The toreadors ran Wall Street this week, getting the bulls to dance under the hot sun of summer earnings before leading them toward slaughter with oil's sharp sword.
And yet, bulls were still showing signs of life before the weekend -- signs that the fight may continue next week. While the
finished lower for the week, the
Dow Jones Industrial Average
still held on to some gains.
Everything was seemingly going well earlier in the week after the
delivered its widely expected 10th straight rate hike, and didn't ring the alarm bells on inflation even after a strong July employment report.
This, and other inflation-free economic indications, helped bonds stage somewhat of comeback rally this week, while their yields pulled back sharply. The yield of the benchmark 10-year bond finished at 4.24% compared with 4.39% last Friday.
Higher bond yields helped stocks withstand surging oil prices, notably on Thursday. But by Friday, the theory that what's good for bonds is also good for stocks didn't hold.
Economic -- and profit -- growth appeared at risk as crude oil prices briefly topped $67 before closing at a new record high of $66.86 per barrel on Nymex Friday.
It didn't help that economic reports that day showed surging crude oil prices had helped widen the U.S. trade deficit in June, lifted import prices in July and dampened consumer confidence in August.
And so by Friday, the Dow fell 85.58, or 0.8%, to 10,600.31 (it went as low as 10,568.30 at one point). The S&P 500 dropped 7.42 points, or 0.6%, to 1230.39, while the Nasdaq, hit by a disappointing outlook from
, fell 17.65 points, or 0.81%, to 2156.90.
The Friday drop still wiped out the gains of the previous session, when bulls had held strong against oil at new highs. That left the major indices mixed and little changed for the week. Both the Dow and the S&P held on to a 0.3% gain, while the Nasdaq dipped 0.9%.
That the Dow gained on the week is a technical signs that helps convince Marc Pado, market strategist at Cantor Fitzgerald, that stocks will continue declining next week.
On the upswings, and there were several this week, the Dow did lead the gains, while the S&P 500 and especially the Nasdaq, were left trailing behind. Since hitting a four-year high of 2218 on Aug. 2, representing a nice 16.5% gain since its April lows, the Nasdaq has been underperforming the major indices.
Another market leader, the Russel 2000 Index of small-cap stocks, also fell this week, also continuing its downtrend since touching a high in early August.
Looking at the sectors that rose this week, they were mostly of the defensive type -- such as health care and nursing homes -- while the "growth" sectors that rose were energy and basic materials. The mostly rose as crude oil was surging.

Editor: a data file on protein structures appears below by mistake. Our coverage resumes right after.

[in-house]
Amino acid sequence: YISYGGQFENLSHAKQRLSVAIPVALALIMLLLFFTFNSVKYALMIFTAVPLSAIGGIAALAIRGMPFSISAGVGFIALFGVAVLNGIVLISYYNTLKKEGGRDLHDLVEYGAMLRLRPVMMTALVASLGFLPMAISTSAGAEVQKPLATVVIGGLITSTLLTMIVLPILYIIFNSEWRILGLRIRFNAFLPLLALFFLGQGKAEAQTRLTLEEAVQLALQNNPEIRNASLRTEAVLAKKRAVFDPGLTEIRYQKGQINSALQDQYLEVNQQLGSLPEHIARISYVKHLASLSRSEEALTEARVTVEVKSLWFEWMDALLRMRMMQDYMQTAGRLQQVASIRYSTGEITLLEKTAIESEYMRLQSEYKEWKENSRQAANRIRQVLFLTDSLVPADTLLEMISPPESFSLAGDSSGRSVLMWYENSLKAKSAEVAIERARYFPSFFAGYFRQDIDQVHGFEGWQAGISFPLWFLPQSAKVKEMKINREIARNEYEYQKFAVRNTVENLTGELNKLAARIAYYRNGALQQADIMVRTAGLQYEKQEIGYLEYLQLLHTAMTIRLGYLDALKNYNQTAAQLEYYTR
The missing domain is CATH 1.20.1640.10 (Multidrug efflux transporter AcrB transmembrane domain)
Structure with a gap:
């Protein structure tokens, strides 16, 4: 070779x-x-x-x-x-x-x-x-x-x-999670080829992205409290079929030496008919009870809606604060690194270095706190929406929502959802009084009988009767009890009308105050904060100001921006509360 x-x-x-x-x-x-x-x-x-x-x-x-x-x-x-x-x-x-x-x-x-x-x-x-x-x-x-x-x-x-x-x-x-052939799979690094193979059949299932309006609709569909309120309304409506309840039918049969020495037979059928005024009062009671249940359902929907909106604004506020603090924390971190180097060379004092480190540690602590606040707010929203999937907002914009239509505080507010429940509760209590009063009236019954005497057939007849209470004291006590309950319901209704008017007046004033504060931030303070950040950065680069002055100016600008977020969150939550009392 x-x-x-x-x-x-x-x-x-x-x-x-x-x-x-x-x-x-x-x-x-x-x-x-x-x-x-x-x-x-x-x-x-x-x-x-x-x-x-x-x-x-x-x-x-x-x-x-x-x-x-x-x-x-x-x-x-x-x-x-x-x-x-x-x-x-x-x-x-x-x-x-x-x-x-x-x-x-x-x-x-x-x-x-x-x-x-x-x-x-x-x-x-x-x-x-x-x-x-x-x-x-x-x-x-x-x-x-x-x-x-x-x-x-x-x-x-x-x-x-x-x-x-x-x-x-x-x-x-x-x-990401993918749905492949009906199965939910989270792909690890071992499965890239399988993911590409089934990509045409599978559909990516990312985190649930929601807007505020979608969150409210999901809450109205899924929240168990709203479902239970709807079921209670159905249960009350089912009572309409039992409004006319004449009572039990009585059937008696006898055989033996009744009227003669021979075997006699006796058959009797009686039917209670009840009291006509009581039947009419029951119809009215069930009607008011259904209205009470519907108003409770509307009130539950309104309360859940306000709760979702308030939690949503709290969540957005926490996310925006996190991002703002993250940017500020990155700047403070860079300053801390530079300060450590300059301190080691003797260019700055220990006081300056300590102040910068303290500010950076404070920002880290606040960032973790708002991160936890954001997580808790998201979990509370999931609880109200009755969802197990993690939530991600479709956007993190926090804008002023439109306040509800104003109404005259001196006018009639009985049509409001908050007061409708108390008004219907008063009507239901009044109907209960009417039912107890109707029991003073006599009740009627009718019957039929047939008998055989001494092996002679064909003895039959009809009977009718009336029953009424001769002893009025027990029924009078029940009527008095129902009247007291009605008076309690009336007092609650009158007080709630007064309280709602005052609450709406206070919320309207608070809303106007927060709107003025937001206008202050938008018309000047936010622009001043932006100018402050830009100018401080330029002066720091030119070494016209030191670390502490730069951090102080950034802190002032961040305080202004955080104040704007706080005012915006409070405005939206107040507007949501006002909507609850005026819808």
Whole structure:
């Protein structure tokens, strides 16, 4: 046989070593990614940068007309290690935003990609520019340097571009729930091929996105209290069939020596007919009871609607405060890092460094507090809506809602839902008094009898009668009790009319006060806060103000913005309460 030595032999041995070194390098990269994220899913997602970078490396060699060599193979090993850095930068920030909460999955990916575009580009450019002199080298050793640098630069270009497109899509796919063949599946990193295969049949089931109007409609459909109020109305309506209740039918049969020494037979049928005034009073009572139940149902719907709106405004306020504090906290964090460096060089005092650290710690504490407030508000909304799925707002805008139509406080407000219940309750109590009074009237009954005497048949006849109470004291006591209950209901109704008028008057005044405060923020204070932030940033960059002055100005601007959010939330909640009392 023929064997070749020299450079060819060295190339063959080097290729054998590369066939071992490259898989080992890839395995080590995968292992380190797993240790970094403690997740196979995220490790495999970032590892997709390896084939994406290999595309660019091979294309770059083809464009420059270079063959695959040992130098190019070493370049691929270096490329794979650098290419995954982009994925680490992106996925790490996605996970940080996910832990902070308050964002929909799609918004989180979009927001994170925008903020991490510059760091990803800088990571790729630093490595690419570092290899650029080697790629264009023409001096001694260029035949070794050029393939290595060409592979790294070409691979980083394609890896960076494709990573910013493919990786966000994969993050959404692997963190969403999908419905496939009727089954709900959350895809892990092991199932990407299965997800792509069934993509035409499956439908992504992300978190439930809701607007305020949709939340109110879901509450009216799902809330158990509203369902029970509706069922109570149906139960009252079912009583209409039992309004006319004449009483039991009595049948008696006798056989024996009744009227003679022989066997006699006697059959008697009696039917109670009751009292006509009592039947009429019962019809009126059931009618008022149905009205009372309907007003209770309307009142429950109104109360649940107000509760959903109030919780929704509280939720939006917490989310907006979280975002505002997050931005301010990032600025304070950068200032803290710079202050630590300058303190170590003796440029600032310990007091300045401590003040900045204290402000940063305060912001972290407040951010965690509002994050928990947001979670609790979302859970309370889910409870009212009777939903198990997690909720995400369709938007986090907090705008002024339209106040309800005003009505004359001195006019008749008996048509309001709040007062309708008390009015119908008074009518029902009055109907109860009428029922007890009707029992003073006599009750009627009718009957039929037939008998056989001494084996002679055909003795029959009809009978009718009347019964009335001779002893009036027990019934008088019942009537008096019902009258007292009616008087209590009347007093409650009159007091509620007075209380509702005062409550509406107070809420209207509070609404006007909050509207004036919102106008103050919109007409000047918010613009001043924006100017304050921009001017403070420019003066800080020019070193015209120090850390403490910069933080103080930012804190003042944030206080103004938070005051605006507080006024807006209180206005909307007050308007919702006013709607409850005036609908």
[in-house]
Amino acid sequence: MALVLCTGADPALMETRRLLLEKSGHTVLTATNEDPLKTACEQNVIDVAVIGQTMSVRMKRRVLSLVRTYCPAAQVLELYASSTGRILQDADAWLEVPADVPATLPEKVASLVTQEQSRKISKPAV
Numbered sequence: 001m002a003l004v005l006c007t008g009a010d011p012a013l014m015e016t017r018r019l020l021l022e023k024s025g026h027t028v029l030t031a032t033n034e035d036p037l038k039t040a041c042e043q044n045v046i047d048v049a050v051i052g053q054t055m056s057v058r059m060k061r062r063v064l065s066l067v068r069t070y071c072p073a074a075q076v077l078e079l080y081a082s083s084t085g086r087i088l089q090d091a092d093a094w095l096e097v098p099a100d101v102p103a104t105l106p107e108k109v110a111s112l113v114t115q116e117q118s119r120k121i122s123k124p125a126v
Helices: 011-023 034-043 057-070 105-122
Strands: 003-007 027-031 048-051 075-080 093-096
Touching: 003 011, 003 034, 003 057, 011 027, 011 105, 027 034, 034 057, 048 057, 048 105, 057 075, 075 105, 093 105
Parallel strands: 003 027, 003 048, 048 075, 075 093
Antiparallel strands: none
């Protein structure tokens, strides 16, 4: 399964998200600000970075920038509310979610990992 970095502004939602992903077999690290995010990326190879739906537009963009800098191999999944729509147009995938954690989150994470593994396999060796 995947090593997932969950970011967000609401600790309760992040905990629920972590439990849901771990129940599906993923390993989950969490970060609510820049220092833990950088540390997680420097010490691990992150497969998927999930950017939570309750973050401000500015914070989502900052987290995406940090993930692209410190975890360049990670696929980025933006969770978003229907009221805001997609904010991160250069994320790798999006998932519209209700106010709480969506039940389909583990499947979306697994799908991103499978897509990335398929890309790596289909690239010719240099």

Bulls still looking to ride a price uptrend also piled money into inflation beneficiaries such as gold, which rose to an eight-month high.
"As a chartist, I don't like seeing to see the sectors that have led the market higher since the April lows not be part of the move higher," says Pado.
The Nasdaq, now 61 points, or 2.8%, below its Aug. 2 high, "is also one of those cracks" that tell the strategist that stock averages are going to head lower soon.
As seen on Friday, it seemed that bulls still want to test some higher levels on the Dow and the S&P 500, though.
According to famous market technician and
contributor Dick Arms, there is little doubt that the market is into overbought territory. But it would have taken a bullish number on Friday to fully take us into overbought territory, before heading out lower.
"It is a nervous market that seems unable to hold on to gains," he wrote on
sister site. "In addition, we have been seeing heavy volume on down days and lighter volume on up days."
For Cantor's Pado, bulls will likely make a last-ditch attempt on the upside next week before fading through the rest of August. With more traders likely to be on vacation next week, low volumes will make it easier for a downside, he says.
As for the catalysts, Pado's favorite candidate is no surprise. "How about oil at $66?," he suggests, adding that the Energy Department report on crude oil and gasoline inventories on Wednesday would be ideal for a selloff.
To view Gregg Greenberg's video take on today's market, click here
In keeping with TSC's editorial policy, Godt doesn't own or short individual stocks. He also doesn't invest in hedge funds or other private investment partnerships. He appreciates your feedback;
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